• (Note: You may find a faster execution plan by using Global Temporary tables, depending on your release of Oracle):WITHsum_sales AS ( select /*+ materialize */ sum(quantity) all_sales from sales ),number_stores AS ( select /*+ materialize */ count(*) nbr_stores from store ),sales_by_store AS ( select /*+ materialize */ store_name, sum(quantity) store_sales from store natural join sales group by store_name)SELECT store_name, store_sales, all_sales / nbr_stores avg_salesFROM sum_sales, number_stores, sales_by_storewhere store_sales > (all_sales / nbr_stores); For more details, see my notes:Oracle SQL-99 WITH clause

  • Oracle SQL materialize Hint

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Viewed 10K+ times! This question is You Asked Hi,Please, help me to understand - whats happenging?:I've GTT with ON COMMIT PRESERVE ROWSand after inserting values with procedure:"insert into gtt ... select ...;commit;"next sql"select * from gtt" returns nothing!!!but, without commit there are rowsSQL for creating table:CREATE GLOBAL TEMPORARY TABLE GTT( K010 NUMBER(9, 0) , K020 NUMBER(10, 0) , CLI_BIZN NUMBER(1, 0) NOT NULL , CLI_SEGM VARCHAR2(3 BYTE) NOT NULL ) ON COMMIT PRESERVE ROWS; and Connor said...Sorry I can't reproduce (I'm on> CREATE GLOBAL TEMPORARY TABLE GTT 2 ( 3 K010 NUMBER(9, 0) 4 , K020 NUMBER(10, 0) 5 , CLI_BIZN NUMBER(1, 0) NOT NULL 6 , CLI_SEGM VARCHAR2(3 BYTE) NOT NULL 7 ) 8 ON COMMIT PRESERVE ROWS;Table created.SQL>SQL> insert into gtt 2 select 1,2,3,4 from dual;1 row created.SQL>SQL> select * from gtt; K010 K020 CLI_BIZN CLI---------- ---------- ---------- --- 1 2 3 41 row selected.SQL>SQL> commit;Commit complete.SQL>SQL> select * from gtt; K010 K020 CLI_BIZN CLI---------- ---------- ---------- --- 1 2 3 41 row selected.Can you send us an end-to-end test case to use ?Also, put a trace on the session to make sure nothing 'hidden' is going on (triggers etc), ie,exec dbms_monitor.session_trace_enableinsert into * from gtt...exec dbms_monitor.session_trace_disableand have a look in the trace file, or send it to us: Rating (3 ratings)Is this answer out of date? If it is, please let us know via a Comment Comments Comment Problem solvedA reader, January 12, 2018 - 3:00 pm UTC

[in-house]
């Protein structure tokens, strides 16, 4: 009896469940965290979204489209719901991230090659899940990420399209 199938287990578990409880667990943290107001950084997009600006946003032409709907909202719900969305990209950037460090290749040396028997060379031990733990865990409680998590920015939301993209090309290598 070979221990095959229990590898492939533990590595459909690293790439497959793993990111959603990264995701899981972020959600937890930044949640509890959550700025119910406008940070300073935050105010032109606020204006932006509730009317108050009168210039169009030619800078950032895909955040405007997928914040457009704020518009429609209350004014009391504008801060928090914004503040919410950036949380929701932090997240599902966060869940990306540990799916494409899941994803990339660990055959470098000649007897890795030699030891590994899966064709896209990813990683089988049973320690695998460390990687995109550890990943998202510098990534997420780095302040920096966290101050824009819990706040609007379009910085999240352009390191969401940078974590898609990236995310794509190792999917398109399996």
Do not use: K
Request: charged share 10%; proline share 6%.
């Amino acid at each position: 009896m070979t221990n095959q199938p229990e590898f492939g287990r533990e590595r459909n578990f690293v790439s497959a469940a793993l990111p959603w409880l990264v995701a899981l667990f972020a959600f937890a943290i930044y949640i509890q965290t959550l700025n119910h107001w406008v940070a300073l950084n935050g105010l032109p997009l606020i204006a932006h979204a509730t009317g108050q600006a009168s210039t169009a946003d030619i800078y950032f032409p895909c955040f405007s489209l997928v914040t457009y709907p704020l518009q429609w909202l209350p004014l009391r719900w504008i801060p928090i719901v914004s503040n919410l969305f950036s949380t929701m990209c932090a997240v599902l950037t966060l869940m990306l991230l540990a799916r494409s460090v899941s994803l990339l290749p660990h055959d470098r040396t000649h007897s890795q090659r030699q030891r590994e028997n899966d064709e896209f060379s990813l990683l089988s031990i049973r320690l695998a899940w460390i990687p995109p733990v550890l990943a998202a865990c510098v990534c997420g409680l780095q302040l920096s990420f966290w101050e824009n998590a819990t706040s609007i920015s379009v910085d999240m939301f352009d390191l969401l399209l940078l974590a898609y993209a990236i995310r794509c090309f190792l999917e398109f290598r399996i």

The table name can be specified as db_name.tbl_name to create the table in a specific database. This works regardless of whether there is a default database, assuming that the database exists. If you use quoted identifiers, quote the database and table names separately. For example, write `mydb`.`mytbl`, not `mydb.mytbl`.

In the created table, a PRIMARY KEY is placed first, followed by all UNIQUE indexes, and then the nonunique indexes. This helps the MySQL optimizer to prioritize which index to use and also more quickly to detect duplicated UNIQUE keys.

Setting NDB_TABLE options. The table comment in a CREATE TABLE that creates an NDB table or an ALTER TABLE statement which alters one can also be used to specify one to four of the NDB_TABLE options NOLOGGING, READ_BACKUP, PARTITION_BALANCE, or FULLY_REPLICATED as a set of name-value pairs, separated by commas if need be, immediately following the string NDB_TABLE= that begins the quoted comment text. An example statement using this syntax is shown here (emphasized text):

When creating MyISAM tables, you can use the DATA DIRECTORY='directory' clause, the INDEX DIRECTORY='directory' clause, or both. They specify where to put a MyISAM table's data file and index file, respectively. Unlike InnoDB tables, MySQL does not create subdirectories that correspond to the database name when creating a MyISAM table with a DATA DIRECTORY or INDEX DIRECTORY option. Files are created in the directory that is specified.

If a MyISAM table is created with no DATA DIRECTORY option, the .MYD file is created in the database directory. By default, if MyISAM finds an existing .MYD file in this case, it overwrites it. The same applies to .MYI files for tables created with no INDEX DIRECTORY option. To suppress this behavior, start the server with the --keep_files_on_create option, in which case MyISAM does not overwrite existing files and returns an error instead.

If a MyISAM table is created with a DATA DIRECTORY or INDEX DIRECTORY option and an existing .MYD or .MYI file is found, MyISAM always returns an error, and does not overwrite a file in the specified directory.

As of MySQL 8.0.16, a table inherits the default schema encryption if an ENCRYPTION clause is not specified. If the table_encryption_privilege_check variable is enabled, the TABLE_ENCRYPTION_ADMIN privilege is required to create a table with an ENCRYPTION clause setting that differs from the default schema encryption. When creating a table in a general tablespace, table and tablespace encryption must match.